For the fifth consecutive year, Singapore retains its title as the world’s most expensive city in a list split between Asia and Europe. While New York City made the list last year (tied with Copenhagen, Denmark), no American cities were on the list this year.

Check out the full list below:

Most Expensive Cities in the World

1. Singapore
2. Paris
3. Zurich
4. Hong Kong
5. Oslo
6. Geneva
7. Seoul
8. Copenhagen
9. Tel Aviv
10. Sydney

What does life look like in each of these cities in terms of day-to-day purchases? Pretty pricey—and climbing. As shown throughout the chart below, prices have continued to increase in each of these cities year by year, with the EIU including prices from 2008 for comparison. (We’ll take a bottle of wine in Geneva, please!)

And while Singapore may be super expensive, it still offers some value to its residents. While it may be the most expensive place in the world to buy a car and the third most expensive location to buy clothing, it does offer fairly reasonable pricing on personal care, household goods, and domestic help.

But all pricey cities are not created equal: Of the top 10 list, the European cities–Paris, Zurich, Oslo, Geneva, and Copenhagen – are more costly in terms of household, personal care, recreation, and entertainment, with Zurich and Geneva being the most expensive. The cities in Asia–Singapore, Hong Kong, and Seoul–tend to be pricier for general grocery shopping.

Surprised that San Francisco and New York City aren’t on the list? Politics and economics—like tariffs, a strong economy, and the weakening value of the dollar—have changed the dynamics for how popular U.S. cities rank on the list this year. For example, New York City fell four spots to a 13th ranking.

View the full article here at Apartment Therapy

New research finds that Millennials are 21 percent more likely to buy their first homes near city centers than Generation X.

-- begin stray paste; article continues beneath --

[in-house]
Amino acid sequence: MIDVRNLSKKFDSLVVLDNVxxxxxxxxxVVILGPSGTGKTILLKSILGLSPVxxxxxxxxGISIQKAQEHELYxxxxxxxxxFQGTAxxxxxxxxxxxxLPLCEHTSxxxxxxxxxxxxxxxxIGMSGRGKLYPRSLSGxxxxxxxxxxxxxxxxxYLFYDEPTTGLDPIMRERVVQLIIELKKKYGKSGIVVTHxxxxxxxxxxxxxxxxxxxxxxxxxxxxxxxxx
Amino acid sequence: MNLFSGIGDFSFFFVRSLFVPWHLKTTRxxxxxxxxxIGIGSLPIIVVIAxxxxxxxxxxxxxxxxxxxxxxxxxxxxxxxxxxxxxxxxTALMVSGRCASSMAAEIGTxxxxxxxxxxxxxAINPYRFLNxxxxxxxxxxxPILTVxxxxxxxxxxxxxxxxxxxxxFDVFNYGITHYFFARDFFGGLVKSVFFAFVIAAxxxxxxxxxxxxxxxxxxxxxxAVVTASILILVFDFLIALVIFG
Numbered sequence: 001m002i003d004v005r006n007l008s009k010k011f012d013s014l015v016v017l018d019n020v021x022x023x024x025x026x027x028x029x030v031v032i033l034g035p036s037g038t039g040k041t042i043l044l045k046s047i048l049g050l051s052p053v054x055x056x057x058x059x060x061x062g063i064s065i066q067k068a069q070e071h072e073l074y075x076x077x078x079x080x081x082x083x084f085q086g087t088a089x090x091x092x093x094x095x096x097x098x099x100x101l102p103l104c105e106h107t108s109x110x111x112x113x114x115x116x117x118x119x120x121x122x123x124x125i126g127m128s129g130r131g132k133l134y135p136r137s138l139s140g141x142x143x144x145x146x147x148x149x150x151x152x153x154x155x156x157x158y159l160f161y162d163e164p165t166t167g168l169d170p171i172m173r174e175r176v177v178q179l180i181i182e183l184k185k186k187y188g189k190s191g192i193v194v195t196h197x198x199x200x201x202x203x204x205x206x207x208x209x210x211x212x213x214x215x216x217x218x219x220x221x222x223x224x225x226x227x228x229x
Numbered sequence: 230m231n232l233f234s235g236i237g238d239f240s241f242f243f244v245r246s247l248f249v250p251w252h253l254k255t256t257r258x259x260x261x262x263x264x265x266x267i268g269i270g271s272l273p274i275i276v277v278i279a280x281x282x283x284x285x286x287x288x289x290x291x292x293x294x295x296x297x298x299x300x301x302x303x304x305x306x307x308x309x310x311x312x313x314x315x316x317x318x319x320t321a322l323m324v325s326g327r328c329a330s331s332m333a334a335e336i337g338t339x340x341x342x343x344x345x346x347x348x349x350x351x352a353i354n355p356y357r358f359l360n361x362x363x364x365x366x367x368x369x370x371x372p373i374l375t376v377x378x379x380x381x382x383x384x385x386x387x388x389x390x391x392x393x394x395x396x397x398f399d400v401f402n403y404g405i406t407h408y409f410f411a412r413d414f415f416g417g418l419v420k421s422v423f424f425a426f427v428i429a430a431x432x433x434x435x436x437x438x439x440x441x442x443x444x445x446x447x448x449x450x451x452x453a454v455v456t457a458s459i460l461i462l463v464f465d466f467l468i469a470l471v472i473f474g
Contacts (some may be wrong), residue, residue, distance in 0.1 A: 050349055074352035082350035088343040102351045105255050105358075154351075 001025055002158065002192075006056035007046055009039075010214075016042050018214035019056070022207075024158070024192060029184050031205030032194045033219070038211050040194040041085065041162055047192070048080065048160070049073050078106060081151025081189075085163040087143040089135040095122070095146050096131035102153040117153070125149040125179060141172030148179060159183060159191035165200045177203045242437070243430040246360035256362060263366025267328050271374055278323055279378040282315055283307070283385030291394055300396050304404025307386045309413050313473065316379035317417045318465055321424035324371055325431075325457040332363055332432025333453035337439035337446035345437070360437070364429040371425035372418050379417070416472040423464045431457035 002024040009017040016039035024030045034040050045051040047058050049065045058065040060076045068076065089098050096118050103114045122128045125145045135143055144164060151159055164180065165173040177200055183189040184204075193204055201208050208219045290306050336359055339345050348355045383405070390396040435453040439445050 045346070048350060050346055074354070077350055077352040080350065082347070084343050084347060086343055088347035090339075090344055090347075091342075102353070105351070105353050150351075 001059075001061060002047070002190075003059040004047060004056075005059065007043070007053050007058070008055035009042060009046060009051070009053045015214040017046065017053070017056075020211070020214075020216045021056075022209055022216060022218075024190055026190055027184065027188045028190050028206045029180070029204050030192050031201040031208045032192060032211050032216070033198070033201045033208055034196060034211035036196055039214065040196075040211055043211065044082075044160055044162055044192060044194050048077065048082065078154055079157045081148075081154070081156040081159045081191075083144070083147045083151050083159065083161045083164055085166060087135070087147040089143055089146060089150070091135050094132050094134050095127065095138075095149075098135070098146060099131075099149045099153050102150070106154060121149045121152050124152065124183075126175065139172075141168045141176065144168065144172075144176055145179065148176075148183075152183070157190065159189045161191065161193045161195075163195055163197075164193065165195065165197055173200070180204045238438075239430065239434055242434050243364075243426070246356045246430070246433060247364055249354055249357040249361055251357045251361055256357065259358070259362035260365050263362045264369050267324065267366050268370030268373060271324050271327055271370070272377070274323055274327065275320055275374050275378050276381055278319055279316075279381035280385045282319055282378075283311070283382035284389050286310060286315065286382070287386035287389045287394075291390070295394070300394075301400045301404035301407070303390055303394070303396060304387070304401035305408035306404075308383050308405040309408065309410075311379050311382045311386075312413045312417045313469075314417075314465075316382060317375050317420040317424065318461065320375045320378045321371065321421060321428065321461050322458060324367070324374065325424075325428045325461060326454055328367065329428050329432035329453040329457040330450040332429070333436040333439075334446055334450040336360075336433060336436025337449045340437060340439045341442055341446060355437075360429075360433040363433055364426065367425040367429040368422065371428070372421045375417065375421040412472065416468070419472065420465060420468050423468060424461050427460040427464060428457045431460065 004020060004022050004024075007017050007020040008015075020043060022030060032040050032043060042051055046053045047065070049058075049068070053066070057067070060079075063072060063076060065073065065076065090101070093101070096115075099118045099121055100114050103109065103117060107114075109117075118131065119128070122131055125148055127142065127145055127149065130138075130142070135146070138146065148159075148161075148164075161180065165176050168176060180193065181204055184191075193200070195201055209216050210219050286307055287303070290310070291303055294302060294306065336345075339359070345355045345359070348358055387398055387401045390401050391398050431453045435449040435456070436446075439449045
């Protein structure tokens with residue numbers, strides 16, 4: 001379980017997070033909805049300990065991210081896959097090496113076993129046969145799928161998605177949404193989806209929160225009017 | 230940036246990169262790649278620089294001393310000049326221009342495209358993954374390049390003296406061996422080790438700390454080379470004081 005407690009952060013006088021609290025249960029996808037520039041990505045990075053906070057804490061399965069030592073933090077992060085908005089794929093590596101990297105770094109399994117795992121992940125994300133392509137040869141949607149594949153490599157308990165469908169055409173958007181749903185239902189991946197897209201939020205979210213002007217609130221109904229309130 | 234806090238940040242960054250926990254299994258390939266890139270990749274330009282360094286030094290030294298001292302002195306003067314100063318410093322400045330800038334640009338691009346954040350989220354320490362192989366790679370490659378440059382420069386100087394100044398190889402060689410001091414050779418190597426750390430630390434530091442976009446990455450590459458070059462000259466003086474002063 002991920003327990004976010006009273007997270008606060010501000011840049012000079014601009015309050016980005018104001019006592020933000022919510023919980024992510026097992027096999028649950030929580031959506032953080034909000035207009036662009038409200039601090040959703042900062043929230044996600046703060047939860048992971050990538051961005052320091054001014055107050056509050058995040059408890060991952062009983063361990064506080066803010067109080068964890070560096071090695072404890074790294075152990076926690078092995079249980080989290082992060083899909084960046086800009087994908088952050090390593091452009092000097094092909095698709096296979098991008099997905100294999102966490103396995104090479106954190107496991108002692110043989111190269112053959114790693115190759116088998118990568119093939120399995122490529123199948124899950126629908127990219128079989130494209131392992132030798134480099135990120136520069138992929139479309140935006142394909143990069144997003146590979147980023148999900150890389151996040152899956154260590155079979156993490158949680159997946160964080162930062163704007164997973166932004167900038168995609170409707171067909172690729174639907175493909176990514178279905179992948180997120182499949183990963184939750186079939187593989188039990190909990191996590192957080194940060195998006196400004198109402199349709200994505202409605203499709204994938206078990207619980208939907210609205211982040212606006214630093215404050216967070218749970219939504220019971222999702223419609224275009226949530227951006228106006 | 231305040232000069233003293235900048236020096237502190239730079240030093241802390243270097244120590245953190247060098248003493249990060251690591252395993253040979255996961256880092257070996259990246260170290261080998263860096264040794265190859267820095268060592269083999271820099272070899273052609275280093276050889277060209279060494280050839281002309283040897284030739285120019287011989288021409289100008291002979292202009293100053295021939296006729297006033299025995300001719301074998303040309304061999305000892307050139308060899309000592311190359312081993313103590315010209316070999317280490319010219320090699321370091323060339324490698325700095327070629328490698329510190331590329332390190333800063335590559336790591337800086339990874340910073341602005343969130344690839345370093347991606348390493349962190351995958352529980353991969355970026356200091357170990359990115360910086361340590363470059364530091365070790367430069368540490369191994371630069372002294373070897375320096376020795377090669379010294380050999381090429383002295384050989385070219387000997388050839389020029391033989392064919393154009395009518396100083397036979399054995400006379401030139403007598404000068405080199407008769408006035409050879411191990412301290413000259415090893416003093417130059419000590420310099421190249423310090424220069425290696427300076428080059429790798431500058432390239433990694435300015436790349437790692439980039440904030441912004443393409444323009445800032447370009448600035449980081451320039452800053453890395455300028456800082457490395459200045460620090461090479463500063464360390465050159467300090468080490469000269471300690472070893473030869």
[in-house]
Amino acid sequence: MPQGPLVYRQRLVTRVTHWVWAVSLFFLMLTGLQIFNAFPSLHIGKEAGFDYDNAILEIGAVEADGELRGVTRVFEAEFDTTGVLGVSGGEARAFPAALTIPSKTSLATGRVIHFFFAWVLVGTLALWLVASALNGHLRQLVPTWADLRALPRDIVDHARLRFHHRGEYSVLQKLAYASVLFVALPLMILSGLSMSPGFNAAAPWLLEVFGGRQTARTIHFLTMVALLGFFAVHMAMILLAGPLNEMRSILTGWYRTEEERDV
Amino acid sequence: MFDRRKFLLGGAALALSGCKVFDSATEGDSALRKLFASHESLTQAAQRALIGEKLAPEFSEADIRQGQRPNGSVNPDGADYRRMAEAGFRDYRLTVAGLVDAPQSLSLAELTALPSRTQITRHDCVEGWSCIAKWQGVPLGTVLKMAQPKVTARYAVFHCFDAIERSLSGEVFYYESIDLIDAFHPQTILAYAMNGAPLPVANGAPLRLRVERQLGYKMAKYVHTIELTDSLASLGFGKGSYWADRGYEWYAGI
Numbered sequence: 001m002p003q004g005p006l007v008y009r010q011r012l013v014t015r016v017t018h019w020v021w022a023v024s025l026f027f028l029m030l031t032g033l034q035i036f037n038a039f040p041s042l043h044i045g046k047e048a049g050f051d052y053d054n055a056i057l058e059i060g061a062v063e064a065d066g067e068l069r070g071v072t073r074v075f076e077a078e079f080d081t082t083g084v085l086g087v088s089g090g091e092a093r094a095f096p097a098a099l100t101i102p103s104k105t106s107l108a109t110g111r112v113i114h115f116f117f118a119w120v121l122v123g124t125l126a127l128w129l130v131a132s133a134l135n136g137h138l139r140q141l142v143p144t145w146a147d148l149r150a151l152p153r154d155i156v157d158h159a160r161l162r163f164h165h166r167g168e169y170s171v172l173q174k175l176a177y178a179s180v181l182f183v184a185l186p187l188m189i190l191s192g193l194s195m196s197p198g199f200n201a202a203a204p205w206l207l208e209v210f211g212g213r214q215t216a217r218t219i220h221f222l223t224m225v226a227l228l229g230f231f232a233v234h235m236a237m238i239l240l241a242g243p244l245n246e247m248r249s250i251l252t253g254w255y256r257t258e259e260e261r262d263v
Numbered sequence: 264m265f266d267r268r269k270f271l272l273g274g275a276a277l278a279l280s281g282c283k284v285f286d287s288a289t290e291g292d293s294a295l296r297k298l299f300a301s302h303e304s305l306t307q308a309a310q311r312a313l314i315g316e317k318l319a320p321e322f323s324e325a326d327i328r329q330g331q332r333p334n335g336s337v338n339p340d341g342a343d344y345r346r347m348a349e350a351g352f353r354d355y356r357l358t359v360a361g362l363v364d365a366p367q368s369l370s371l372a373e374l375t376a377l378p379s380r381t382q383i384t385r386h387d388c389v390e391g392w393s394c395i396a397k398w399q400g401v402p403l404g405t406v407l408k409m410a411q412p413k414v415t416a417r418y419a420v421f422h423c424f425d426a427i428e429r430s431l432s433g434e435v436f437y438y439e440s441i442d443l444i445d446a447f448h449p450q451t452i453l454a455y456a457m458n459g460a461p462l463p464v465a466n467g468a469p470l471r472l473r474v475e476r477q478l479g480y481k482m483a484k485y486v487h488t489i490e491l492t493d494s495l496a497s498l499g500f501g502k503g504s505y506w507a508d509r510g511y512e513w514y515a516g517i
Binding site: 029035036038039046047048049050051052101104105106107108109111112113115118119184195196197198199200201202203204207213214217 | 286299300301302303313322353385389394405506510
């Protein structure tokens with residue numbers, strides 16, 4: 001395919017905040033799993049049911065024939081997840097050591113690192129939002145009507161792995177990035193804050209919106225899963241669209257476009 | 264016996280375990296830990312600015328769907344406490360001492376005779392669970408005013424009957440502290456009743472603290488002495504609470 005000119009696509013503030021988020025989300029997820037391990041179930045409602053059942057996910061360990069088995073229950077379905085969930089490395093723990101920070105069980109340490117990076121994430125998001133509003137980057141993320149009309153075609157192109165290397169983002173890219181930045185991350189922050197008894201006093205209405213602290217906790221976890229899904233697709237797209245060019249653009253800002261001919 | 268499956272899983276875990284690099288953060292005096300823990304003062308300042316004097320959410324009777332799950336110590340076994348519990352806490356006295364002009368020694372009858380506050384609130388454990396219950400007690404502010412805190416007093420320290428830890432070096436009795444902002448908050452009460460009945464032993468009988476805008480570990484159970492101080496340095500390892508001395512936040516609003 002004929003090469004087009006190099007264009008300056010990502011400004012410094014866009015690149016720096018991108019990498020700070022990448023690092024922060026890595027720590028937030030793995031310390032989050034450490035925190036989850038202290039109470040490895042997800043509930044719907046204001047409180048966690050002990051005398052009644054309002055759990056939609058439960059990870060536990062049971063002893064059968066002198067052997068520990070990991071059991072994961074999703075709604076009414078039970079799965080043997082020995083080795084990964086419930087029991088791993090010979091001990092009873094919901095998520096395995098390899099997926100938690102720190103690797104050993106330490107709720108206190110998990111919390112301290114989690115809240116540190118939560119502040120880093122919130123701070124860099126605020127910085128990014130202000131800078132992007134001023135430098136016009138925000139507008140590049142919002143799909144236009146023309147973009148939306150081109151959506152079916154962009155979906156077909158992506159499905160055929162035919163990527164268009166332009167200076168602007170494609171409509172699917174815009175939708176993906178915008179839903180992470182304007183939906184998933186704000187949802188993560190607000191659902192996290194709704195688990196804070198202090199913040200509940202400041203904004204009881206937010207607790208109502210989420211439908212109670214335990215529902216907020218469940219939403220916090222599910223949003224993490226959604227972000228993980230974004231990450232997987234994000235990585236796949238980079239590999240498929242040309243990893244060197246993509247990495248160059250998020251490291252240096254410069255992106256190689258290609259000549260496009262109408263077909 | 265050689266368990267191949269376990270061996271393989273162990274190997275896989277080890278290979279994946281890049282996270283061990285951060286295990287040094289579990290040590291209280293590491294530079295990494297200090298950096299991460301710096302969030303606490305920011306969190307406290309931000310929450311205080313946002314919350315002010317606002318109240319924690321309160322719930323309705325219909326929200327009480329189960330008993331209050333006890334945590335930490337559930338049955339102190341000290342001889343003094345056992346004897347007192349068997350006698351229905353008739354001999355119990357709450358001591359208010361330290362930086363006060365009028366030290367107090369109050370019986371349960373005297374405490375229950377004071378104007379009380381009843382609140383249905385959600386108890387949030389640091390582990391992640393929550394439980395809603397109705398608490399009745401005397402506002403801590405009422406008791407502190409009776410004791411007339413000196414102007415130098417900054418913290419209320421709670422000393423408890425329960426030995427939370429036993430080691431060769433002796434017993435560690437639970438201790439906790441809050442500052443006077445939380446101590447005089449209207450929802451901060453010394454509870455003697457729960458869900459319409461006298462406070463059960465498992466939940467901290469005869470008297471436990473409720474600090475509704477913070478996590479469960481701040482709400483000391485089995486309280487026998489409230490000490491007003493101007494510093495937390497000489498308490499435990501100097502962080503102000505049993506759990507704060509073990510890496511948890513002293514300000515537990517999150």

If there’s a single question that has gnawed at urban economists and planners over the past few years, it’s this: Will Millennials’ well-known love of cities fade once they have kids and need space for double strollers and play kitchens, or is it a more lasting shift in how Americans will decide where to live? We’ve heard the argument that Millennials have “peaked” in cities and will eventually suburbanize from demographer Dowell Myers (cited by Conor Dougherty in the New York Times), and the counter-argument from City Observatory’s Joe Cortright and others. One researcher, Harvard’s Hyojung Lee, has tried to square the circle by arguing that Millennials are both urban and suburban.

Although it doesn’t put the debate to rest, a new paper shows that Millennials are at least continuing to tilt urban as they stop renting and become homeowners.

The paper, published in the Journal of Planning Education and Research, looks at whether Millennial first-time homebuyers (defined as those born between 1980 and 2000) are more likely to buy homes near city centers than their counterparts in Generation X. Authors Elora Raymond of Clemson University, Jessica Dill of the Federal Reserve Bank of Atlanta, and Yongsung Lee of Georgia Institute of Technology used a logistic regression model controlling for age and generation; they also controlled for income, credit score, car ownership, mortgage size, mortgage payment, and student-debt level. The upshot: The odds of Millennials buying near city centers are 21 percent higher than for Generation X.